Fish Curry With Coral Jasmine
One of the most fragrant flowers to bloom in this season is the Coral Jasmine. It is also known as the Night Jasmine and the plant is known as The Tree of Sorrow or The Sad Tree. It’swell into the season because the flowering period is from September to November. In Hindi it’s called “Harsinghar”. In Assam it is known as Xewali phool.
The flowers bloom at night and by dawn they fall to the ground. The fragrance that wafts into the surrounding area is heavenly! In the morning the ground below the tree forms a carpet of white and orange. As you can see from the photo, the blooms are small and white with a bright orange tube. These are usually picked up and used for worship or kept in bowls and platters for the fragrance.
The botanical name of this tree is Nyctanthes arbor-tristis which means a night flowering sad tree. Bereft of most of its blooms in the morning, the tree appears sad! This is a small tree which can grow up to 4 mtrs. It needs a well-drained soil and full to partial sun. It needs good sunlight for profuse flowering. It also bears green fruit capsules with one or two seeds. The leaves, grey bark, and flowers all have medicinal properties. In Ayurvedic medicine, the leaves are used in the treatment of sciatica, arthritis, fevers, various painful conditions, liver disorders and as a laxative.
The flowers are believed to keep diabetes under control. The tree’s medicinal properties range from treatment of stomach diseases, piles, common cough and cold. Apart from these, the leaves are used for polishing wood (it’s abrasive) and cleaning utensils.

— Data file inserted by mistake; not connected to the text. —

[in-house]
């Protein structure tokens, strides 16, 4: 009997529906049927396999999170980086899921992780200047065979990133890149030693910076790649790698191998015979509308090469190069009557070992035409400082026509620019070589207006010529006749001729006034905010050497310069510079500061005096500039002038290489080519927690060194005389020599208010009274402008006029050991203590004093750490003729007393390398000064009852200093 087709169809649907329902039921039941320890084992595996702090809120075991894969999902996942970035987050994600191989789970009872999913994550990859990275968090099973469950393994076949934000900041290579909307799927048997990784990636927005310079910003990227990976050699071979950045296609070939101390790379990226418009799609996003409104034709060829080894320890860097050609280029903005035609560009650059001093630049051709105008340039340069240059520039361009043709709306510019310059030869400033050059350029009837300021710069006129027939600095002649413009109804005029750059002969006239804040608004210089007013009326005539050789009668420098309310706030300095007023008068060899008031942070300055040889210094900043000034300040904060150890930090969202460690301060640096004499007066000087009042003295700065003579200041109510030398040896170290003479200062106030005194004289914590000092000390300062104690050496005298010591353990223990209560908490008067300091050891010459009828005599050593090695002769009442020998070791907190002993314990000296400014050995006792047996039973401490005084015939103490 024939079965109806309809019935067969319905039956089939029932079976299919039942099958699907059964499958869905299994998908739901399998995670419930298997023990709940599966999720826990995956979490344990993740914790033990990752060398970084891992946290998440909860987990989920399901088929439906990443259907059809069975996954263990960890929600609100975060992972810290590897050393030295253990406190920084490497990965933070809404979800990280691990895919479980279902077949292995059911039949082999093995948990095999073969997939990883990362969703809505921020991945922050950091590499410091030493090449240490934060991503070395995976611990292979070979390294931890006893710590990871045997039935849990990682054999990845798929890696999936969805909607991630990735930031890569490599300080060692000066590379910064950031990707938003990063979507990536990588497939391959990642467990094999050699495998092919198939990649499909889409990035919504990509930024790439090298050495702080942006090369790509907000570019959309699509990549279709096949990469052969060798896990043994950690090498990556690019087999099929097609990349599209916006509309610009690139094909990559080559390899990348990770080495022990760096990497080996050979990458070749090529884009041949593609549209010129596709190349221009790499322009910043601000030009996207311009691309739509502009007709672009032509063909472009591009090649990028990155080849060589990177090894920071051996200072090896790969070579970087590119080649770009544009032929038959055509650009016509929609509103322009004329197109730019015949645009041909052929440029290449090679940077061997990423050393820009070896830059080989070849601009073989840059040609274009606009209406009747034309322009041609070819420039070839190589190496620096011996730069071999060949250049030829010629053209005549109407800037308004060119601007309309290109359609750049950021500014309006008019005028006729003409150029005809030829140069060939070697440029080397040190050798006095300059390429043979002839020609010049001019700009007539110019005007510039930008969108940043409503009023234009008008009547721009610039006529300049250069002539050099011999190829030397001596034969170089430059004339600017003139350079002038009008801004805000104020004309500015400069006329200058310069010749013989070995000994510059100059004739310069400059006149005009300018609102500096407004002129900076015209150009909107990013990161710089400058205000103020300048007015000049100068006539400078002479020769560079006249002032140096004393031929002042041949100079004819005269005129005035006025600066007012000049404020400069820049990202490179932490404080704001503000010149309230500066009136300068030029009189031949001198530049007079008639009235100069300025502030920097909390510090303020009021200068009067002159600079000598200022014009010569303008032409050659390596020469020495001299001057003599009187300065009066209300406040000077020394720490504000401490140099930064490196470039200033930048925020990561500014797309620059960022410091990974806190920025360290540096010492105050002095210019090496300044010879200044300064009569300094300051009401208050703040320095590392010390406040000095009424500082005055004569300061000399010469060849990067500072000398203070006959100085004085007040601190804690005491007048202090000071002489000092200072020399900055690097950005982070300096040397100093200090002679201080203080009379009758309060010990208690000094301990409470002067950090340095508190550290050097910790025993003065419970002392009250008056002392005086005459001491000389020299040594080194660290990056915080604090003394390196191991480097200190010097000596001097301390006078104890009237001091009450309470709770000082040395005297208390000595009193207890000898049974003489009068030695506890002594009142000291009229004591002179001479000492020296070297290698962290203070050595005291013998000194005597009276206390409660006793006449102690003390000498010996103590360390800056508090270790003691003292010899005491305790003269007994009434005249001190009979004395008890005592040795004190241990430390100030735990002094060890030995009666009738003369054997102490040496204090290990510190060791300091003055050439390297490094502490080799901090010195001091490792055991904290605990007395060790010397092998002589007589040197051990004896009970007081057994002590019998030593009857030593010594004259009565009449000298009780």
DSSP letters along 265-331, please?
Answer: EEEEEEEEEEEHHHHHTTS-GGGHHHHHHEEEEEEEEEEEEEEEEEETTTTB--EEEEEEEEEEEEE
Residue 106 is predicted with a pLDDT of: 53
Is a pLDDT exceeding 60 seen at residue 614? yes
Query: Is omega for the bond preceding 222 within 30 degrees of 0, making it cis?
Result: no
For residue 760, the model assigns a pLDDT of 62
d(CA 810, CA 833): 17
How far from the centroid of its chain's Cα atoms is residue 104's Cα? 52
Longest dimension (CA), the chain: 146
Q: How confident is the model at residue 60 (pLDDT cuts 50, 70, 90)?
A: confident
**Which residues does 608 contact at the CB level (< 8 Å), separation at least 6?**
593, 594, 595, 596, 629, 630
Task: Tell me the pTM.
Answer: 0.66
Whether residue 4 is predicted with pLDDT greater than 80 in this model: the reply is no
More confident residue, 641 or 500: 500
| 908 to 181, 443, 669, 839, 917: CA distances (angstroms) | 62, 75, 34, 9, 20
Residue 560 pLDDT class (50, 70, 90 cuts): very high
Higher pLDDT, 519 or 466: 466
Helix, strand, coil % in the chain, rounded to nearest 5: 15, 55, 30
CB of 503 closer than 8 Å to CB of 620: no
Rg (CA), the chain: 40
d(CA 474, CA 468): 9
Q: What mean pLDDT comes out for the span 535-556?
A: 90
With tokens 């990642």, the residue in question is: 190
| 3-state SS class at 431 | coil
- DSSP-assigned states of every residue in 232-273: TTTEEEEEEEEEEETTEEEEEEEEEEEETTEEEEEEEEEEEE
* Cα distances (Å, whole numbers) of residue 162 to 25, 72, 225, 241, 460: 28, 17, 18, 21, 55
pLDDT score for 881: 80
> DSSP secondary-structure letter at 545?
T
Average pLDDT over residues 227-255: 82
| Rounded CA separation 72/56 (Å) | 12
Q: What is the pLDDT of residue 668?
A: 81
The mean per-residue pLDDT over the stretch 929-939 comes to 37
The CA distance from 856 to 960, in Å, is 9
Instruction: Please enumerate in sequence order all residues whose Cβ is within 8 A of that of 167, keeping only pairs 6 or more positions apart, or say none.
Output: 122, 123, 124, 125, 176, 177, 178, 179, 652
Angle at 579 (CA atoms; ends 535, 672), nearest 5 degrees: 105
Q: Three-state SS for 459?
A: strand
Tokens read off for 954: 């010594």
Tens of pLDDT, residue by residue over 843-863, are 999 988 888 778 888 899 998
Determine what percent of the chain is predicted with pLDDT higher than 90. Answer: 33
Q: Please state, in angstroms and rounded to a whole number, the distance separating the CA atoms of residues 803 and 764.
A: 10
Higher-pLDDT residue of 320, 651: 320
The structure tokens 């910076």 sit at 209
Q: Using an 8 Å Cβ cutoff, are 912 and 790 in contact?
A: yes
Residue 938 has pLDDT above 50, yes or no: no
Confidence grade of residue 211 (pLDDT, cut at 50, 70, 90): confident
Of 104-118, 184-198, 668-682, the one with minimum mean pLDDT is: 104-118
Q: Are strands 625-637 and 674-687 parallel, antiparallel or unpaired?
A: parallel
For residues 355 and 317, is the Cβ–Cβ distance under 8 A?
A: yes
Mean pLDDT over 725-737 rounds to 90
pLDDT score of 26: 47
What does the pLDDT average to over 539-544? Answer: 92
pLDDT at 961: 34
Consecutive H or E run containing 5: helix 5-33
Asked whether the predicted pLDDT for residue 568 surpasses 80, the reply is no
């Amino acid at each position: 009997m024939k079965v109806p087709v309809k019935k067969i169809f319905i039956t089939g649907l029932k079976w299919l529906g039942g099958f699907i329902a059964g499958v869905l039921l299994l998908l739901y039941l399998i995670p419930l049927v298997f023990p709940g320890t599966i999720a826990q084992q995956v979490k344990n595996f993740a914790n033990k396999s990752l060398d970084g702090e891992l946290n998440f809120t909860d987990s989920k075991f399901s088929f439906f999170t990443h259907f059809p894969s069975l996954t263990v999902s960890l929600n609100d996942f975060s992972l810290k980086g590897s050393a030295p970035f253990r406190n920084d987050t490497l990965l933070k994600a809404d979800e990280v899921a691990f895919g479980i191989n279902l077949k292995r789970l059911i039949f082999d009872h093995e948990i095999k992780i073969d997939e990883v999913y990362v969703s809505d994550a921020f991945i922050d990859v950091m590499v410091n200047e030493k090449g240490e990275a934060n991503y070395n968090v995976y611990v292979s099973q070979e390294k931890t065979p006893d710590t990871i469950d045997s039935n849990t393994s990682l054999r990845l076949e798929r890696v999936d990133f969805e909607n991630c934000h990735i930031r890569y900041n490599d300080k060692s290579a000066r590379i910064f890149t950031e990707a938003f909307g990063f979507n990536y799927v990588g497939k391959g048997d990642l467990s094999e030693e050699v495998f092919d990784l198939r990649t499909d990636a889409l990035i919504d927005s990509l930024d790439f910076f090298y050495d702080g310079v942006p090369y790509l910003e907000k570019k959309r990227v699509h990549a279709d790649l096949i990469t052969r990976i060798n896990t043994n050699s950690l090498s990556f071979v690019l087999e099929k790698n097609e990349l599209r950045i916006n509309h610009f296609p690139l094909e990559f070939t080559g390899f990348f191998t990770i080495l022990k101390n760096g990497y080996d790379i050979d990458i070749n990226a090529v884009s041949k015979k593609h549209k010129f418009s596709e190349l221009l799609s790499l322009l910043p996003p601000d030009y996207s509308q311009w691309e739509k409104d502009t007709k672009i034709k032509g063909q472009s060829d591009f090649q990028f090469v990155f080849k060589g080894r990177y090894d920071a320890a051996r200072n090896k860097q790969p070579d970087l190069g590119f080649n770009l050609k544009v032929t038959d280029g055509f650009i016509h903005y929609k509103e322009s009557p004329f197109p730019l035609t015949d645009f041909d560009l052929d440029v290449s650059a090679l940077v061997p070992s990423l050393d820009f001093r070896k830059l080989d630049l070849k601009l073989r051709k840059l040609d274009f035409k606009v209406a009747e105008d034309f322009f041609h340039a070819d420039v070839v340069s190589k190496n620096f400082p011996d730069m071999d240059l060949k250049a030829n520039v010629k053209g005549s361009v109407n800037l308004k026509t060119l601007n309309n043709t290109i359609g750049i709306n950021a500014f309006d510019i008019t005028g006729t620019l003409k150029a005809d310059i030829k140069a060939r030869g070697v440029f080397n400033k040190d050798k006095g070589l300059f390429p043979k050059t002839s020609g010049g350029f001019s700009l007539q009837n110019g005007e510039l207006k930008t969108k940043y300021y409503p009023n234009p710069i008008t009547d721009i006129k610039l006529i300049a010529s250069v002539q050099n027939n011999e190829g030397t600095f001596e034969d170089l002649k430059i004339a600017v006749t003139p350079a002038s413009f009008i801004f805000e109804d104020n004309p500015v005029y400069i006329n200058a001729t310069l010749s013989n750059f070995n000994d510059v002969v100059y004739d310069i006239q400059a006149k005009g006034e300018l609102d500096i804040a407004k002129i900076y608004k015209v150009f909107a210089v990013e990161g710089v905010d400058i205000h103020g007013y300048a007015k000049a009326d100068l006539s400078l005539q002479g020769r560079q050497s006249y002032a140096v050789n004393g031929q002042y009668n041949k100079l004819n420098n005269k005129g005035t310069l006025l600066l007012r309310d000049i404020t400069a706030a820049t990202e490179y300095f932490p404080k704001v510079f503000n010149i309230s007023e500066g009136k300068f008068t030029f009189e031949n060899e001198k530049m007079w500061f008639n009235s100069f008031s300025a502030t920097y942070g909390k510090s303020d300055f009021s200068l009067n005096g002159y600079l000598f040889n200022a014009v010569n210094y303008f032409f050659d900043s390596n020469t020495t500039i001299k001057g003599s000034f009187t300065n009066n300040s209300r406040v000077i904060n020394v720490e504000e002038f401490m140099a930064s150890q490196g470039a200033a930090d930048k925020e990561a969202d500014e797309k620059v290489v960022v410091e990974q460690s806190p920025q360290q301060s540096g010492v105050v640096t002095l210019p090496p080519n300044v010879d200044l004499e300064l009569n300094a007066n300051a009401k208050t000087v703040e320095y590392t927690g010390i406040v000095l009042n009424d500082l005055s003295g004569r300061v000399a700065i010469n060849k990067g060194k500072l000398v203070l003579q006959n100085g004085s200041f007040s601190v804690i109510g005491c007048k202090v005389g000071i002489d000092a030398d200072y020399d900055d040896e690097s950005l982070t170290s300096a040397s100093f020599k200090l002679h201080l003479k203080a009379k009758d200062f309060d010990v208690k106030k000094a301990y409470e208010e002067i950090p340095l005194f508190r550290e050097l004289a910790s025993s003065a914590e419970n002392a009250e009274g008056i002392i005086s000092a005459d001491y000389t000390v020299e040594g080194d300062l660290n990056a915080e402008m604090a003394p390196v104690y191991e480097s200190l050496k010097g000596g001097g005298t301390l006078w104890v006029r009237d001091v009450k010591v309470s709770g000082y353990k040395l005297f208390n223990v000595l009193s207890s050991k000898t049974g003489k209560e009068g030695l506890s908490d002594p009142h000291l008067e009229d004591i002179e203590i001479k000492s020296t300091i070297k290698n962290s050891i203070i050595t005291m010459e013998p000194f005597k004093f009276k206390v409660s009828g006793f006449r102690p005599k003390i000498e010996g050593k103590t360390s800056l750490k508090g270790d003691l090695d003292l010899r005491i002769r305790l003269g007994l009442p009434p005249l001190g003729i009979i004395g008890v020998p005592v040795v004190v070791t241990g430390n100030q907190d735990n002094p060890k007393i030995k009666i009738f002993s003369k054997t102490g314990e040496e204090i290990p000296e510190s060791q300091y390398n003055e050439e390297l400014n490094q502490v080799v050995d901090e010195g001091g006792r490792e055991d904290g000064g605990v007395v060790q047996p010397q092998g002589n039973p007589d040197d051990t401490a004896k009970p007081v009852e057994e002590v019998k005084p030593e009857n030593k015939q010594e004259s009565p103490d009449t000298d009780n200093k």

For a flower as beautiful and aromatic as this will surely be associated with our mythology. It is said that Lord Krishna brought it from the heavens! Apart from India, this tree also grows in Indonesia, Thailand,Nepal and Pakistan. Found in many gardens all over India, it is also grown in the courtyards of temples. Blooms offered to the gods are generally not picked up from the ground but with the coral jasmine, there’s an exception. Buddhist also venerate this “night flowering sad tree”.
It’s always good to add something bitter to your diet. I made a fish curry with these pretty blooms that I got from my sister’s garden. It’s a ritual when the season is on. And one that is made every year during this time of the year. The spices used are minimal. But it works out well and the curry turns out delicious indeed,
- 4 small fishes ( I used a variety of carp…rohu fish)
- 1 large onion, finely grated
- 3 cloves of garlic
- 1″ piece of ginger
- 4 green chillies, slit in the middle with seeds intact
- Turmeric powder to rub on the fish as well as to add to the curry
- Salt to taste
- Mustard oil
- A bowl of coral jasmine blooms, washed and drained
- About 2 cups of hot water
- Rub the fish with turmeric and salt and set aside for about 10-15 minutes.
- Grind the ginger and garlic into a fine paste.
- Heat the oil in a karhai.
- When it comes to smoking point, fry the fish. A couple of minutes on both sides should do.
- Remove from the karhai and set aside.
- In the same oil, add the green chillies and then the grated onions, the ground ginger and garlic.
- Fry till the raw smell disappears.
- Then add the chilli powder, a dash of turmeric powder and season with salt.
- Add the blooms and give the mix a good stir.
- Add the hot water and let it come to a boil.
- Add the shallow-fried fish and cook for another 7-8 minutes or till the fish is done. Transfer to a serving dish.
- This goes best with steaming hot rice.